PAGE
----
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The First 100
2
Free Speech Isn’t Free
3
Democracy in the Unlikeliest of Places
4
“A free press can be good or bad…”
5
Taking Your Privacy to Market
6
Andrew Hamilton Reminds Us, You Still Have the Right to Complain
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Bad Information
8
First Amendment Will Not Defend President Trump
9
Canada to Criminalize Islamophobia
10
Turkey Pushes Referendum Vote Using German Right to Free Speech

The First 100

As President Trump is slowly beginning to figure out, being the President is not easy, especially in a country built on the Rule of Law, with all its checks and balances, and on Freedom of Speech, which means the criticisms will never end.

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Free Speech Isn’t Free

It seems Free Speech isn’t free when you’re Barack Obama. Reports have surfaced claiming the former President is due to cash in on a $400,000 check for a private speaking engagement at a conference run by Cantor Fitzgerald LP. To put the fee in perspective, Fox Business recently reported that the average speaker fee of Hillary Clinton is $200,000, making Obama’s at least double that mark.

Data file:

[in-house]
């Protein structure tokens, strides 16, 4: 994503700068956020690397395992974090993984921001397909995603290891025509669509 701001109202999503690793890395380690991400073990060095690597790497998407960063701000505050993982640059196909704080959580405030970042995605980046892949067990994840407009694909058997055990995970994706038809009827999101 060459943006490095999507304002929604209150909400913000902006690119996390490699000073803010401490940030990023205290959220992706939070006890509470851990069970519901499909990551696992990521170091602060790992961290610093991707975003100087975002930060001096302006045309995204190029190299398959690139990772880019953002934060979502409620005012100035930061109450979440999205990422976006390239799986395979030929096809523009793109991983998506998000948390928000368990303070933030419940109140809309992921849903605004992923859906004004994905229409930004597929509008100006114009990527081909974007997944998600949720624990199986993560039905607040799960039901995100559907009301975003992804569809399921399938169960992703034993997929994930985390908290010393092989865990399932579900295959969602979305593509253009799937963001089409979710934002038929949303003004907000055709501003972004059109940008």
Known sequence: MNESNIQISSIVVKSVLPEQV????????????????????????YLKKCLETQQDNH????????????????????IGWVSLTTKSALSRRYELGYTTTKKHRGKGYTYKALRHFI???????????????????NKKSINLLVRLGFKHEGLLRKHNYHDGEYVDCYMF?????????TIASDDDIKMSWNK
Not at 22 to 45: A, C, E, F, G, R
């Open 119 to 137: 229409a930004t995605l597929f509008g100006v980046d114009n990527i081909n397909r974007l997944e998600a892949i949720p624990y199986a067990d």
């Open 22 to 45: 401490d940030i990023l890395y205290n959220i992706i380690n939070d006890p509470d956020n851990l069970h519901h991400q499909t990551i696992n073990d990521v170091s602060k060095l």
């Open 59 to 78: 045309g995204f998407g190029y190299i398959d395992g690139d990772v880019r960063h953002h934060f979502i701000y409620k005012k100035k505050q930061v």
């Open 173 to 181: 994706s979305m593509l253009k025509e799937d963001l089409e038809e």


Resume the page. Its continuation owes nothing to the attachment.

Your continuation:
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Democracy in the Unlikeliest of Places

Granted in Freedom of Speech and dictated by the Rule of Law, this referendum was, for the most part, legitimate. Whether voter fraud claims made by the opposition are true remains to be seen. But the process – casting a public vote for the country’s future – was a democratic process few can argue with.

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Canada to Criminalize Islamophobia

M-103, also known as the “Islamophobia blasphemy law,” is the first and only Canadian law that would treat Islamophobia as a punishable hate crime. Concerned Canadians take issue with the fact that Islamophobia is not clearly defined and, at this point, covers all insults or offenses against Muslims. Under the new motion, being critical of Islam in any way could lead to criminal charges.

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Turkey Pushes Referendum Vote Using German Right to Free Speech

The campaigning has put German officials in an odd situation. President Erdogan has drawn harsh criticism after the failed coup in July 2016 for jailing and threatening to jail his most outspoken opponents. A Free Speech denier, his government ironically is using the Free Speech guarantees of Germany to push their agenda. But Germany’s dedication to Free Speech guarantees the right to say whatever you want, wherever you want. Still, German officials are now wondering whether that right extends to those pushing an anti-Free Speech agenda.

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